Facebook pages linked to a Russian internet firm spread posts during and after the 2016 election campaign that encouraged violence, according to a CNN Money report.
Pages referred to in the CNN report included Be Patriotic, which posted material in support of Donald Trump, and Blacktivist, which appealed to people protesting police shootings such as Black Lives Matter.
The CNN report mentioned that intelligence agencies say the Internet Research Agency is linked to the Kremlin. But CNN did not provide details on the alleged ties.
A Be Patriotic post from April 2016 stated that BLM activists who disrespected the American flag should "be immediately shot," according to CNN.
In November 2016, Blacktivist wrote in a post: "Black people have to do something. An eye for an eye. The law enforcement officers keep harassing and killing us without consequences."
Secure Borders, a page posting anti-immigrant material, complained about the alleged problems with undocumented immigrants in March 2017.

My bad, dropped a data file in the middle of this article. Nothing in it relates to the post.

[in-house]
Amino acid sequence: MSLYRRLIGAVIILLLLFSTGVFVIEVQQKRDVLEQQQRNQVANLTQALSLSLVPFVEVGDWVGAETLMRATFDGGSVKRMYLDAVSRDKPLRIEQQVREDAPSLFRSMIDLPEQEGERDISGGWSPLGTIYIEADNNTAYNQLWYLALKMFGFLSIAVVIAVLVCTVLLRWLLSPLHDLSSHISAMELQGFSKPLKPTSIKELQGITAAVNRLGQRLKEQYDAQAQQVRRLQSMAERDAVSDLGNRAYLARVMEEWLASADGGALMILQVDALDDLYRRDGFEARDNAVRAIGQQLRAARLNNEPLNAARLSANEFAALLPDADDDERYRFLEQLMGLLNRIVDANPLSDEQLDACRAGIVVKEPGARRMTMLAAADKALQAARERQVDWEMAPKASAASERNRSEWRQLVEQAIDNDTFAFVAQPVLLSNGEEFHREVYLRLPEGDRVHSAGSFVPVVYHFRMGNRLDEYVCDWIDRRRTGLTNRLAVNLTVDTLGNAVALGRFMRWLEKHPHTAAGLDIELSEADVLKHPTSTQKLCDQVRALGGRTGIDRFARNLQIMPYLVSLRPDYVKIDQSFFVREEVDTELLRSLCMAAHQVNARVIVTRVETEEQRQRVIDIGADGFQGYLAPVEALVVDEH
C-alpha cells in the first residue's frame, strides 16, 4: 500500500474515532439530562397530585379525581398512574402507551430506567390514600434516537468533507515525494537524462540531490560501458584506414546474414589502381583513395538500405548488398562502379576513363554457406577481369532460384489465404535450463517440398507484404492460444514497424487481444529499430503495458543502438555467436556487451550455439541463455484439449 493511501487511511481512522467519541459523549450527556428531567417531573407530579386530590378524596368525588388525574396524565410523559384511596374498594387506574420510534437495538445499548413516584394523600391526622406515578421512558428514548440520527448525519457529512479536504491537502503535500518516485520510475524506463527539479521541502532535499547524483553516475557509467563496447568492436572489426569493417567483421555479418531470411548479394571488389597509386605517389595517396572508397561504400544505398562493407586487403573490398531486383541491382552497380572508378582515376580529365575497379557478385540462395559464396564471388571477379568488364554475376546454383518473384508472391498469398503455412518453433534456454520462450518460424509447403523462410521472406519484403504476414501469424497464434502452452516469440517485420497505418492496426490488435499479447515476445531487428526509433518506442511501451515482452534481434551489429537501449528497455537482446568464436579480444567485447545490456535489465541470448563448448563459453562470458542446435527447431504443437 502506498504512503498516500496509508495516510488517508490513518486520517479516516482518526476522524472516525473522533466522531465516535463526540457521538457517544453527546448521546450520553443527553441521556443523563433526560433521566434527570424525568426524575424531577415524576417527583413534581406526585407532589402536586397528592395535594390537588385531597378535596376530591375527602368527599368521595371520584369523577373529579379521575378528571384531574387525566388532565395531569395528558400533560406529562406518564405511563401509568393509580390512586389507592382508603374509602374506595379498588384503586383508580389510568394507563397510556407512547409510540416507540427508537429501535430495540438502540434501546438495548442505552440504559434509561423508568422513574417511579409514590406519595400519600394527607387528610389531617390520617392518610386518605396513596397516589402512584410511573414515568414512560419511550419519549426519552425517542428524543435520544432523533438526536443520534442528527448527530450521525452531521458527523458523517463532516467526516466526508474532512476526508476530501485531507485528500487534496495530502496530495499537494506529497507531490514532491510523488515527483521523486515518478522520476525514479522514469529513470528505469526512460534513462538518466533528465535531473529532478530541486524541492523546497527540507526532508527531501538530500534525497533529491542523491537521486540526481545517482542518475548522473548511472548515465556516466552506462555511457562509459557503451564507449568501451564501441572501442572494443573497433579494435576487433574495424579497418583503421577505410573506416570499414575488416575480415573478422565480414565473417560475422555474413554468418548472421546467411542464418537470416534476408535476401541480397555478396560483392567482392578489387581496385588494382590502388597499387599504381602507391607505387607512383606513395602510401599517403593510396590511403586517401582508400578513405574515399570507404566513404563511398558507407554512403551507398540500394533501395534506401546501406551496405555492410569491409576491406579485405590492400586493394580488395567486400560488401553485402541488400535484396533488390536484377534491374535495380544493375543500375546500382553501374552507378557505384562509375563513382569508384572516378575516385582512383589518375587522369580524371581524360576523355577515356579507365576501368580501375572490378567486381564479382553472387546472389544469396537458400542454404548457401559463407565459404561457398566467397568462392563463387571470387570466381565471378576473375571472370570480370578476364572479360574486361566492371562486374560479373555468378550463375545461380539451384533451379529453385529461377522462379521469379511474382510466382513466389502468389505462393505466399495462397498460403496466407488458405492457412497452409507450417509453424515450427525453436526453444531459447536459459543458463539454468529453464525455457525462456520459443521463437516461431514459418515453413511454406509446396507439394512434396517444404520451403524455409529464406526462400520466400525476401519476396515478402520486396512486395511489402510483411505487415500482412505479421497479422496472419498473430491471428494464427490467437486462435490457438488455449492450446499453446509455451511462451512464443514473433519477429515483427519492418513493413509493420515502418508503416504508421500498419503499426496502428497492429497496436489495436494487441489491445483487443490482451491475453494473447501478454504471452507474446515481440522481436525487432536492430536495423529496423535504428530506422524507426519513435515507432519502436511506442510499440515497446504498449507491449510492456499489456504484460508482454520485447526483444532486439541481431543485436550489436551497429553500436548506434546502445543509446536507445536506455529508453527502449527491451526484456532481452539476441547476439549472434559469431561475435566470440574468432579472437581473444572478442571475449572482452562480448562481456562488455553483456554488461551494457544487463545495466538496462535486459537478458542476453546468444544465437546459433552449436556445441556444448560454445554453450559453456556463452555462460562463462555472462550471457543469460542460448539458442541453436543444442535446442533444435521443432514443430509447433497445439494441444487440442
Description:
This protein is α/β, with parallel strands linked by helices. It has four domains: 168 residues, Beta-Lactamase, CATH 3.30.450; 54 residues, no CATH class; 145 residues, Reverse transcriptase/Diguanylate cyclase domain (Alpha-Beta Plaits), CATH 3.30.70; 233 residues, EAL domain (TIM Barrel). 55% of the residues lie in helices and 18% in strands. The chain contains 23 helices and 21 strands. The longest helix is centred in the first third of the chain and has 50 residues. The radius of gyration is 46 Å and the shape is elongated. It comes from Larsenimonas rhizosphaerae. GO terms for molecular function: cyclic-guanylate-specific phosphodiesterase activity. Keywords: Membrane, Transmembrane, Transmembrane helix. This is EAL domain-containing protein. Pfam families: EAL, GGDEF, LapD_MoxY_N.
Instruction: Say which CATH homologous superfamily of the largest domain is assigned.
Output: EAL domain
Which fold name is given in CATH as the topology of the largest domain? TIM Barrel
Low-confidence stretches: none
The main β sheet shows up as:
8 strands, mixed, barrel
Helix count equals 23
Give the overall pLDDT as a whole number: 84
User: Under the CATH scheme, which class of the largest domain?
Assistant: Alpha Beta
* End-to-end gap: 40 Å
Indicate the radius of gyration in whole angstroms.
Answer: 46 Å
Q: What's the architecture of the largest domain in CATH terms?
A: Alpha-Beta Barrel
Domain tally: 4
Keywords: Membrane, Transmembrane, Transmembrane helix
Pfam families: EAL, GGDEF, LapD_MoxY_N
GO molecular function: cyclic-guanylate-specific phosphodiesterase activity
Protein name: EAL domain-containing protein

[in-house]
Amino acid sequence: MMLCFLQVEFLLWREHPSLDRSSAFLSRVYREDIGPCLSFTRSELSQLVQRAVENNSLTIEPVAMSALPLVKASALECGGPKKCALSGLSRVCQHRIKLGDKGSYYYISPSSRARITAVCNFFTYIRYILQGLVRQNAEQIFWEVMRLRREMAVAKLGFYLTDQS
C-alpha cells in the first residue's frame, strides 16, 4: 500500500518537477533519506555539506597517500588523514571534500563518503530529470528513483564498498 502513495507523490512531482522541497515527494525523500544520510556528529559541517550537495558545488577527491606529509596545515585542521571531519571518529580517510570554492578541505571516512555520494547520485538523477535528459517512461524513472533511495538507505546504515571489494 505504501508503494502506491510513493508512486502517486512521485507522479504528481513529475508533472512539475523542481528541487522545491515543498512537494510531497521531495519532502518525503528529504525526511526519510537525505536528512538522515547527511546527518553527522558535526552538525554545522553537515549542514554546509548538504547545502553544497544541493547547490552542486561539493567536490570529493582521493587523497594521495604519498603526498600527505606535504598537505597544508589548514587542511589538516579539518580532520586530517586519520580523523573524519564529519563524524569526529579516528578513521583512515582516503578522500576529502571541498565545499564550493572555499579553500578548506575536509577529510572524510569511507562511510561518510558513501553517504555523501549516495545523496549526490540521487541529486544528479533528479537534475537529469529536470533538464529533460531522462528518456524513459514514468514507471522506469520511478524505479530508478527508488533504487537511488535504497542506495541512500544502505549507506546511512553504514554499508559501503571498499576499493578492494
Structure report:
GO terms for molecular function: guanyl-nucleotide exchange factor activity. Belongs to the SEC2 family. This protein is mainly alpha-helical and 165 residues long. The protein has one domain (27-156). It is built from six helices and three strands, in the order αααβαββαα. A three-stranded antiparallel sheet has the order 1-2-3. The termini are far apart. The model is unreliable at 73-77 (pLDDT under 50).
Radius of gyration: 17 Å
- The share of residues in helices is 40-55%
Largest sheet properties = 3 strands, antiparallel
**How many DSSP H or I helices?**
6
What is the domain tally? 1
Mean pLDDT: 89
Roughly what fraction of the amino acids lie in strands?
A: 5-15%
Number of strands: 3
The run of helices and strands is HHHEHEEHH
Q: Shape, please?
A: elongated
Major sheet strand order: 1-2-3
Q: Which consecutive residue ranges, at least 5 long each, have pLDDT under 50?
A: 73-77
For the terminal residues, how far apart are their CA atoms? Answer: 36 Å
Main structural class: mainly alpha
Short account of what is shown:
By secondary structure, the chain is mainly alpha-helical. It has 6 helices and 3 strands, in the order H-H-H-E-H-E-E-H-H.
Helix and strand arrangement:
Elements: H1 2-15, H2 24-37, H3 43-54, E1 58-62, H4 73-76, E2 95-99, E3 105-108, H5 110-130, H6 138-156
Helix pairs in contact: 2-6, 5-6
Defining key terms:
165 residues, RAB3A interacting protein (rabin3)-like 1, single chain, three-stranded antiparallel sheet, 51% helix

"The only way to deal with them is to kill them all," it wrote.
Some of the posts gained tens of thousands of likes, comments and shares.
The information was released as Facebook and Twitter executives provided testimony to Congress regarding their findings about alleged Russian interference into the presidential election campaign.
"The Russians don't want groups like Black Lives Matter and the Alt-Right to sit there and have discussions and debates about the future of America," stated Mark Jacobson, a professor at Georgetown University. "They want violent clashes."
He likened the current situation to the Cold War, when he said that the Soviet Union incited conflicts among domestic movements in the United States.
"If we start to see violent rallies ... we should start to look for the hidden hand of Russian influence behind it," he added.
However, it remains unclear who is behind the accounts being designated as run by Russian operatives. Charlie Peach, an Atlanta-based African-American rights activist, told RT that her Twitter account was among the 201 accounts the company blocked as suspected Russian bots.
"This could upend my personal life," Peach told RT. "I don't know how far deep it goes with these people. But I don't want to get on an airplane and my passport causes issues because of this."
The figures given by Twitter and Facebook executives regarding posts allegedly made by Russian operatives during the election period amounted to 0.74 and 0.004 percent of all election-related posts respectively.
Twitter has banned RT and Sputnik, two Russian news sites, from advertising on its platform.